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Understanding Hereditary ATTR (hATTR) Amyloidosis and the Recent Advances in Management - Episode 8

Additional Testing for the Diagnosis of hATTR Amyloidosis

John L. Berk, MD: There are a lot of fancy tests that may not be part of the armamentarium for neurologists in the community. I’d like to hear your comments about the applicability and value of these tests. So we’ve talked about EMGs [electromyograms]. That obviously is a universally available modality. How about sympathetic skin response?

P. James B. Dyck, MD: So it’s a test that we don’t use at the Mayo Clinic because we have autonomic reflex screens and thermoregulatory sweat tests and quantitative sensory tests. So we can look at autonomic fibers and we can look at small and large unmyelinated and myelinated fibers through these other tests. But I think when you’re in the community, it is a valuable test for community neurologists to use.

John L. Berk, MD: But you do use sweat tests?

P. James B. Dyck, MD: I absolutely use sweat tests. I use autonomic reflex screen testing, which has a sweat test built into that as well. I use quantitative sensation, which looks at heat pain, which is an unmyelinated fiber modality; cooling, which is a small myelinated fiber modality; and touch and vibration, which are large fiber modalities.

John L. Berk, MD: Michael, QST, sympathetic skin response, and sweat tests?

Michael J. Polydefkis, MD: They’re all useful tools. I think in the community there will be difficulty. QST [quantitative sensory testing] requires equipment and trained people to do it properly. So I’m not sure every community neurologist will find that useful. Sympathetic skin response is not something we’ve had that much experience with. I think we tend to use skin biopsies.

John L. Berk, MD: Heart rate deep breathing?

P. James B. Dyck, MD: The heart rate deep breathing is part of the autonomic reflex screen. It is a useful test, but 1 of the problems in TTR [transthyretin] amyloidosis is that about 20% of the patients will have some sort of arrhythmia, and one can’t use that in those patients.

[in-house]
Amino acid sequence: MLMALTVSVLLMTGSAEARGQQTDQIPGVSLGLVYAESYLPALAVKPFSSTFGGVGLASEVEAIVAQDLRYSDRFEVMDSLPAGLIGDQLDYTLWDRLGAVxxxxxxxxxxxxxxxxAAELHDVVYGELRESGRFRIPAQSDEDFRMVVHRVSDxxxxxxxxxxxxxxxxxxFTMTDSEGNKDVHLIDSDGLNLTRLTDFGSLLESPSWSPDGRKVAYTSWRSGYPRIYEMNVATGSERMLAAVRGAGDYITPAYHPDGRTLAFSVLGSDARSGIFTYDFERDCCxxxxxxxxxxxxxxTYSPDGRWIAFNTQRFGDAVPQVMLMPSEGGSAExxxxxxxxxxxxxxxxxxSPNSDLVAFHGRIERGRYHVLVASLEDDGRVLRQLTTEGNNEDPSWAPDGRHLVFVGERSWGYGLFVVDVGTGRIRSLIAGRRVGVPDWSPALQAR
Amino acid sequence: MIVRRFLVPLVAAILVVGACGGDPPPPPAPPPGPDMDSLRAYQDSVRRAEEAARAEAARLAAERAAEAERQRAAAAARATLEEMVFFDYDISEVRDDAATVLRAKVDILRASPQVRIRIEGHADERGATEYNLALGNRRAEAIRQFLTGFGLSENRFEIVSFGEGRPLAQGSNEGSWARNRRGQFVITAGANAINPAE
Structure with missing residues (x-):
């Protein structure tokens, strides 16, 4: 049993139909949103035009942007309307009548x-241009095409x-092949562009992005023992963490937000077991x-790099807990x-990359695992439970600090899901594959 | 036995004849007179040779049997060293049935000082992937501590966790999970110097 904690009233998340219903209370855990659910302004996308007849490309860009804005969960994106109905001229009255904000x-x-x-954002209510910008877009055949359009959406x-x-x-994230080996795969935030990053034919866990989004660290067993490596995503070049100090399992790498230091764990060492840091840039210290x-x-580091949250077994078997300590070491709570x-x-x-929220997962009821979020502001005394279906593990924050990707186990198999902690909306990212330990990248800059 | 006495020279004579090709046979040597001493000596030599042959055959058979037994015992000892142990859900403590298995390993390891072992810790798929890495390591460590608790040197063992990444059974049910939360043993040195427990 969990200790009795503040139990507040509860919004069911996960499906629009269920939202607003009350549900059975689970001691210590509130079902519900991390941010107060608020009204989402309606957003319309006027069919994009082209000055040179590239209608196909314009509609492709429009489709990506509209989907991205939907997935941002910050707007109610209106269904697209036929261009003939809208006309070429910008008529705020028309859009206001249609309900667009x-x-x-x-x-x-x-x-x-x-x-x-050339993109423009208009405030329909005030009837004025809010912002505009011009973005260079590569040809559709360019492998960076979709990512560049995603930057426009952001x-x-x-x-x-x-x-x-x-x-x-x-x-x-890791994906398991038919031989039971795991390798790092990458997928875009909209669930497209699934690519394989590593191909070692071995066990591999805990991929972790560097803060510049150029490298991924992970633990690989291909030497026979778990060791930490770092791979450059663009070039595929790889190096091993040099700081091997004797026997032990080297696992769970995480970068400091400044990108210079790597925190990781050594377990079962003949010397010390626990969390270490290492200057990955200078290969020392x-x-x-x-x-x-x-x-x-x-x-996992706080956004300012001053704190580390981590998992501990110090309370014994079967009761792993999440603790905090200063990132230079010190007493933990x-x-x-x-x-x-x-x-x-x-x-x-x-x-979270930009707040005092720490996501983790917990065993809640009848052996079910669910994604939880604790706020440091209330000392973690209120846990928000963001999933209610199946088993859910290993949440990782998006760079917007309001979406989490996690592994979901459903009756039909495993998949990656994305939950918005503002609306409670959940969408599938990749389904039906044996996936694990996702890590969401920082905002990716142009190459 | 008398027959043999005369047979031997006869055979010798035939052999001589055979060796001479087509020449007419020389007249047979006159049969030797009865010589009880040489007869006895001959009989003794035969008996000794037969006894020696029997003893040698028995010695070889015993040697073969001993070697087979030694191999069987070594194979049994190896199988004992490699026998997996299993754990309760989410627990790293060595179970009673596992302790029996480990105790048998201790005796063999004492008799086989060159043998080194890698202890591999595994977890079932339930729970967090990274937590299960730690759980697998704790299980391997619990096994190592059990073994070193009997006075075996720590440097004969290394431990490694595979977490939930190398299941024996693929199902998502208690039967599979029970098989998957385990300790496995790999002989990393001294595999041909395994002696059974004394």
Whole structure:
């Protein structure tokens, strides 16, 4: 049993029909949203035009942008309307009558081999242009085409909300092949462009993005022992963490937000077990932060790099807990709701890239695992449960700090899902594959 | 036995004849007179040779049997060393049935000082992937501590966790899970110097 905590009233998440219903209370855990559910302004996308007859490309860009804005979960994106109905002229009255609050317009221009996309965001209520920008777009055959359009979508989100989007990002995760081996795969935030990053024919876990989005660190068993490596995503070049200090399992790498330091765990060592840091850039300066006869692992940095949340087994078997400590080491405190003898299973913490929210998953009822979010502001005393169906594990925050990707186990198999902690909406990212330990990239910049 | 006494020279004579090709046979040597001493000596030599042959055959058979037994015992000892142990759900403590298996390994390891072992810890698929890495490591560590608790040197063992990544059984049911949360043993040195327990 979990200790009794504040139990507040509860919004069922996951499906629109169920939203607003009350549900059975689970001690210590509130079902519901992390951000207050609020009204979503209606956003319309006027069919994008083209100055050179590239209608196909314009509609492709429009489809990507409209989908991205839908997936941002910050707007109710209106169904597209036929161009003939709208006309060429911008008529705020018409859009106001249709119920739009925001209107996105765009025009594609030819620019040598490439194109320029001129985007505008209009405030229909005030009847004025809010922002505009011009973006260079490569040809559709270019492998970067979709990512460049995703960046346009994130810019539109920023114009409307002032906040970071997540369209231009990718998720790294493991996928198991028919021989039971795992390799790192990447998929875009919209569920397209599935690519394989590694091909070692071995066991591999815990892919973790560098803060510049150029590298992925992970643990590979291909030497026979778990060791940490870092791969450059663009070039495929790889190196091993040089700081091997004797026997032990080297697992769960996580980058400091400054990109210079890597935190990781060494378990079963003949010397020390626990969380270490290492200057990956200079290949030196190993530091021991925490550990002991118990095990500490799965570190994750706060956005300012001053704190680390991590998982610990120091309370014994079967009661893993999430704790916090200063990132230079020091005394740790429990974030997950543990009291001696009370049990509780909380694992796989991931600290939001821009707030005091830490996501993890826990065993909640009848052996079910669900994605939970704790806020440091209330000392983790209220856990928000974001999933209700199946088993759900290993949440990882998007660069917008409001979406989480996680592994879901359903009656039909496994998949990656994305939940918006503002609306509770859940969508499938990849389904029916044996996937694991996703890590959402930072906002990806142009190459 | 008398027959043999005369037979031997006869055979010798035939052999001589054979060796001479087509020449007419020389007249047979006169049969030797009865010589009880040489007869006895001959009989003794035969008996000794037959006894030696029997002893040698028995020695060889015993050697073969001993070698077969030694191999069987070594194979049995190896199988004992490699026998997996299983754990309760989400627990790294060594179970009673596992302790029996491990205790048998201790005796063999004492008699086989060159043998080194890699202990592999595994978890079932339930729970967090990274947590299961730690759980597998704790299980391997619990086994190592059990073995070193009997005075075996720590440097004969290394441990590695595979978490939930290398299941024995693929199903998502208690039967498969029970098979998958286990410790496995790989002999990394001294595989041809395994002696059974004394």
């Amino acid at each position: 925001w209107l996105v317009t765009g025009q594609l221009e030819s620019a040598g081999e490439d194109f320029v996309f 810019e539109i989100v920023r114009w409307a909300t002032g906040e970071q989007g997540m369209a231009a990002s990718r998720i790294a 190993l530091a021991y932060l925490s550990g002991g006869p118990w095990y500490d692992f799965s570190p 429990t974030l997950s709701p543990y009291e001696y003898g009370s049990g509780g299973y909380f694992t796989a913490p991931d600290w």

John L. Berk, MD: Heart rate deep breathing?

Michael J. Polydefkis, MD: I agree with Jim.

John L. Berk, MD: In our experience, we ran into issues of atrial arrhythmias, which confound the test. But in addition, the heart rate deep breathing expressed essentially denervation very early in disease. Is that your experience at the Mayo Clinic, or is that a test that really can detect a spectrum of disease?

P. James B. Dyck, MD: That’s a good question. I don’t know if I’ve thought about it in depth enough to really answer that question. It’s certainly a sensitive test to pick up disease. And so Drs. Phillip Low and my father, Peter Dyck, thought about what was doable for these tests and came up with heart rate deep breathing as probably the most doable thing. The problem is that there is a lot of arrhythmia, so 1 study essentially looked at orthostasis as a surrogate because that was easily done. Even if you had arrhythmia you could find that.

John L. Berk, MD: And your impression about that as a surrogate?

P. James B. Dyck, MD: I think it worked very well in that study, actually. As a community physician, I think doing orthostatic blood pressures is much more doable than doing heart rate deep breathing or other testing.

Akshay S. Desai, MD, MPH: Even a cardiologist can do that.

P. James B. Dyck, MD: Even a cardiologist can do it. Even a hematologist can do that.

John L. Berk, MD: Let’s not stretch reality here. Michael, your feelings about that?

Michael J. Polydefkis, MD: I think heart rate variability with deep breathing is an excellent test in picking up early autonomic dysfunction. Clearly amyloidosis.

John L. Berk, MD: Something that I’m less familiar with: Sudoscans. Do either of you use Sudoscans?

P. James B. Dyck, MD: I do not.

Michael J. Polydefkis, MD: We don’t either.